Date: 14th September 2011 at 5:00am
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During the game against Norwich, Chelsea looked somewhat toothless upfront again, having the good fortune to score a late penalty courtesy of Lampard and then a dying minute goal through Juan Mata, who has now scored as many as Fernando Torres for Chelsea, albeit in 21 minutes, not 21 games.

Clearly a high point for the blues was the debut and promise shown by Mata, something that far outstrips anything his fellow Spaniard has done since his £50 million move to the Bridge.

Mata looks full of confidence and happy to be at the club, everything that Torres does not. Chelsea fans will hope that by having a fellow international teammate and friend at Stamford Bridge, Torres may feel more at home, with the striker instrumental in convincing Mata that a move to Chelsea was the right one to make. More vitally than that, the way Mata plays and passes the ball suits Torres and his style of play – something that Chelsea have so far struggled to accommodate, having played with Drogba as the central striker for so long, and also being heavily reliant on Lampard for goals, the passing and movement that Torres requires has been somewhat lacking.

Roll on a week, and Torres was warming the bench for the majority of the game against Sunderland, with Chelsea finally looking something like what we have come to expect. The issue however, was that the two strikers up front were neither Torres or Drogba – still recovering from the horrific head injury he sustained the week earlier, but Anelka and young Daniel Sturridge, who after an impressive pre-season is finally getting a chance at Chelsea. Torres did come on for the final 15 minutes, but looked pretty much the same as he has done since his ill-fated move to the bridge.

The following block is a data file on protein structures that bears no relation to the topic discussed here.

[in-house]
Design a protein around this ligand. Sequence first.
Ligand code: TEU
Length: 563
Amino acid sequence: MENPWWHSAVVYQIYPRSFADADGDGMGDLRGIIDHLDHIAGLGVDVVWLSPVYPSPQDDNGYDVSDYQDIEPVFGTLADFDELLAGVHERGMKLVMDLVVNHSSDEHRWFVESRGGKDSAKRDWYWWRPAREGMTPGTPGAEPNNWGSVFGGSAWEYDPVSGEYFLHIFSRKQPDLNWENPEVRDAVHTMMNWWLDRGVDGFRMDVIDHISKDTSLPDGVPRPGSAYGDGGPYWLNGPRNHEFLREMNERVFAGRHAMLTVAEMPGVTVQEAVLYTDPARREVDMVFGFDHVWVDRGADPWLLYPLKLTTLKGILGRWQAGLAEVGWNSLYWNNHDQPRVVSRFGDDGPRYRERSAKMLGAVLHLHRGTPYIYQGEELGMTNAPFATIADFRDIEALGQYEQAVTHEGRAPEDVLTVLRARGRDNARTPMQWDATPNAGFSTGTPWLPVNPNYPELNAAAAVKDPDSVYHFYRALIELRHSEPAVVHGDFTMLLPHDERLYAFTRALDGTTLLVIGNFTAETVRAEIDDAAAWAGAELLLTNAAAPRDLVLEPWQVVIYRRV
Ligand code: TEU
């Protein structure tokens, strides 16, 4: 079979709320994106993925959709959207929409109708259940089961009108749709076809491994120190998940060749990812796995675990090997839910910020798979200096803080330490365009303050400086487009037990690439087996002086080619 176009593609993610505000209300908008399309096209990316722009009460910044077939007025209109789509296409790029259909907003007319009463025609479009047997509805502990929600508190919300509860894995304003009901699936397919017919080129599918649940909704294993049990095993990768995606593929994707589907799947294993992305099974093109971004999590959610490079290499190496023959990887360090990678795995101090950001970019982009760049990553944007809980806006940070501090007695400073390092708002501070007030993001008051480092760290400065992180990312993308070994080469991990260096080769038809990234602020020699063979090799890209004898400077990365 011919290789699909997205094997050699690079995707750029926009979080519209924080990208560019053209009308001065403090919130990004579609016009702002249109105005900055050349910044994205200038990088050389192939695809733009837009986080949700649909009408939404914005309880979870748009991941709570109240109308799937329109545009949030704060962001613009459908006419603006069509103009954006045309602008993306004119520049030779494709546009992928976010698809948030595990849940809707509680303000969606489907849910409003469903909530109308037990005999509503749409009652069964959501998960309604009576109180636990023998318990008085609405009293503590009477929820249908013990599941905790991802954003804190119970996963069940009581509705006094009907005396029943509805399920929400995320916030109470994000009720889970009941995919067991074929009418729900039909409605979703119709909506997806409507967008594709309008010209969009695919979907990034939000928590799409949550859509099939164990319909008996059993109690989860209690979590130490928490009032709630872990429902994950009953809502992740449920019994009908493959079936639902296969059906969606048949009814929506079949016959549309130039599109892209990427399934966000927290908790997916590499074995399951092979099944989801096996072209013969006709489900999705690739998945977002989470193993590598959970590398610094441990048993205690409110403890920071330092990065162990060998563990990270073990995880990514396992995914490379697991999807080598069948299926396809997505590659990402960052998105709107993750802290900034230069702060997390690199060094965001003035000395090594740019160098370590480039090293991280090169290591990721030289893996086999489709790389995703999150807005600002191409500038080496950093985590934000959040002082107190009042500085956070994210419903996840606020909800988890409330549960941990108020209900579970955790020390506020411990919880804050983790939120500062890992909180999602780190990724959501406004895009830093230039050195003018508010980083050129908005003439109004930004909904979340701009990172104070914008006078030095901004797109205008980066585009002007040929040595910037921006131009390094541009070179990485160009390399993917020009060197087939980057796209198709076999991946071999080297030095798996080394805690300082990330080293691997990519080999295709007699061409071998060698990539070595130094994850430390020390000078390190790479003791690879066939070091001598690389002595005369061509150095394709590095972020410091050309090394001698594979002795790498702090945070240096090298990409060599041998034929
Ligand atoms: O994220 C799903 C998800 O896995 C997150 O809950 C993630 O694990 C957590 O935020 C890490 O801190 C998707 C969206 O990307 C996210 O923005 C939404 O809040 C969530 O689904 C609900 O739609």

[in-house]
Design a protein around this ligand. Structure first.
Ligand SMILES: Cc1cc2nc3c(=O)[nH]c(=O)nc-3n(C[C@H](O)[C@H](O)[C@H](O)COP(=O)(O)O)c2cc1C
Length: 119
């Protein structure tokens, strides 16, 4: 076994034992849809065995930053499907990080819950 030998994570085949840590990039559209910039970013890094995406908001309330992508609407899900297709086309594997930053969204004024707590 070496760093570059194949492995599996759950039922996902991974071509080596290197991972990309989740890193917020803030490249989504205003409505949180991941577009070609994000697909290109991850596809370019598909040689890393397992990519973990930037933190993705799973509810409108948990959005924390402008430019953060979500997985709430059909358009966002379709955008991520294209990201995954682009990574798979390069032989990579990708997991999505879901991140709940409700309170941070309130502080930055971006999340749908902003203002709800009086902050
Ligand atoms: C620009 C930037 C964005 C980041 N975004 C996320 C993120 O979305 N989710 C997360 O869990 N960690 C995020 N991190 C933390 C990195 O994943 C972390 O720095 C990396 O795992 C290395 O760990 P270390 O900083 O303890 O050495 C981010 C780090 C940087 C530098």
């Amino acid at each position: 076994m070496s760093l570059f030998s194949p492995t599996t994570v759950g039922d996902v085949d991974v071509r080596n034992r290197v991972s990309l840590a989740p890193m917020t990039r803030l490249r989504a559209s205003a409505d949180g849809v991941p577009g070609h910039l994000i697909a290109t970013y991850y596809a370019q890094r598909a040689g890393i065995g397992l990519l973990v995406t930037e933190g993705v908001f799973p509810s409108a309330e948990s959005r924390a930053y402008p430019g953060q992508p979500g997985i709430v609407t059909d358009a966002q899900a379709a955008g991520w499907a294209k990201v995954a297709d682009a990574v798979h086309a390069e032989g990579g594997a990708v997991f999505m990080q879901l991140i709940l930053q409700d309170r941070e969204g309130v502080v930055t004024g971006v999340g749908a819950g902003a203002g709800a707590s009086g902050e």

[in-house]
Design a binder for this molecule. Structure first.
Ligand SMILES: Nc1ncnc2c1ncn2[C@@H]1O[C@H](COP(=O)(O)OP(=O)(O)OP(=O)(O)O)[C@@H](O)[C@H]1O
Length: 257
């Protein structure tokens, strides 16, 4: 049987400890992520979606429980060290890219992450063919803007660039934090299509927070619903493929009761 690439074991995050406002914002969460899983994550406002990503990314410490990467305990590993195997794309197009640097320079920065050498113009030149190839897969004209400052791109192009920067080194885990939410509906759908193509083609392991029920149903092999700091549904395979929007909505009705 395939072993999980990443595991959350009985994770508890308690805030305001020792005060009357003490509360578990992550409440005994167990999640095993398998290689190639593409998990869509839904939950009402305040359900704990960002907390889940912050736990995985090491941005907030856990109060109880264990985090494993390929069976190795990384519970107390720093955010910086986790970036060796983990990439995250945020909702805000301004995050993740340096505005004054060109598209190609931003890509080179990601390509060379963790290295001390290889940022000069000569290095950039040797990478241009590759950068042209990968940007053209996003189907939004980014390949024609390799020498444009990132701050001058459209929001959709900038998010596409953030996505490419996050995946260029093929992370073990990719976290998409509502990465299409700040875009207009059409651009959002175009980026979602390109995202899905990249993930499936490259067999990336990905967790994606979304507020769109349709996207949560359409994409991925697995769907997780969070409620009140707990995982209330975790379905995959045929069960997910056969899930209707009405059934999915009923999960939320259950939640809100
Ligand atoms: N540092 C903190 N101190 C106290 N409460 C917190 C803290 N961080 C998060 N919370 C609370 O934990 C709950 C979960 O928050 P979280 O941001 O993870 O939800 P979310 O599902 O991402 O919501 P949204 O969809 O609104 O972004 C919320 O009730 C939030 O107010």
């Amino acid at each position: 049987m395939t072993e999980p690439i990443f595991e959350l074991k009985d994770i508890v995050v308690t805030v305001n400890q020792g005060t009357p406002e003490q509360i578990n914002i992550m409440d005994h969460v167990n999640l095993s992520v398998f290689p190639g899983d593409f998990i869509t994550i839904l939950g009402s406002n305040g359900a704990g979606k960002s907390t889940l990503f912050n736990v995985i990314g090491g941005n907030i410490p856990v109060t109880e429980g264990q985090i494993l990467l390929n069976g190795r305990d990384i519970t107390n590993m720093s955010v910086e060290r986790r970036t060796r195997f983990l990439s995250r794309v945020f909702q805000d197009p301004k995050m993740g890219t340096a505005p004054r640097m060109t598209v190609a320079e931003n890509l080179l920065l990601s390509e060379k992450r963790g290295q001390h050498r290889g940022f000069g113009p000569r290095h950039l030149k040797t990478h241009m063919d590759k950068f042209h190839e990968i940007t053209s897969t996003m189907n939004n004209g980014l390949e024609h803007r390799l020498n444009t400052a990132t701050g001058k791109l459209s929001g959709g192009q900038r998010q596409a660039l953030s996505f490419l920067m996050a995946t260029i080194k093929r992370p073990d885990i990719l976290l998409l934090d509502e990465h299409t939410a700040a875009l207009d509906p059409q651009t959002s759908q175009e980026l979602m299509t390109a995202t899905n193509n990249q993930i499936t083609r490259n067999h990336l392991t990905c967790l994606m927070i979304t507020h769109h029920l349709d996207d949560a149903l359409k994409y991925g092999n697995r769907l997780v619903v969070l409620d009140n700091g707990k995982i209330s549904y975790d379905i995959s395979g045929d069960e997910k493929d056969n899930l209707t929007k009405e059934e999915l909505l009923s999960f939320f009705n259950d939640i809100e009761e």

Mata on the other hand looked dazzling, and is already justifying his transfer fee. During his time in Spain at the Mestalla the little winger had a 1 in 3 goal to game ratio, fairly impressive coming from someone who is not a striker by trade and was playing for a club who in recent years have sold all their best players, including Mata’s compatriots David’s Villa and Silva. With a goal to his name already, and a stellar performance in his second game for the club, Mata is already enhancing his reputation and enduring himself to the fans.

Torres’ miserable time is continuing, with Del Bosque dropping him from the Spanish team, stating that you get picked by playing well for your clubs, not the other way around, and Torres’ Chelsea form will have to improve if he wishes to break back into the Spanish national side, something that is easier said than done with Villa and Negredo in particular in scintillating form for their club sides, not to mention a wealth of talent in the way of attacking midfielders.

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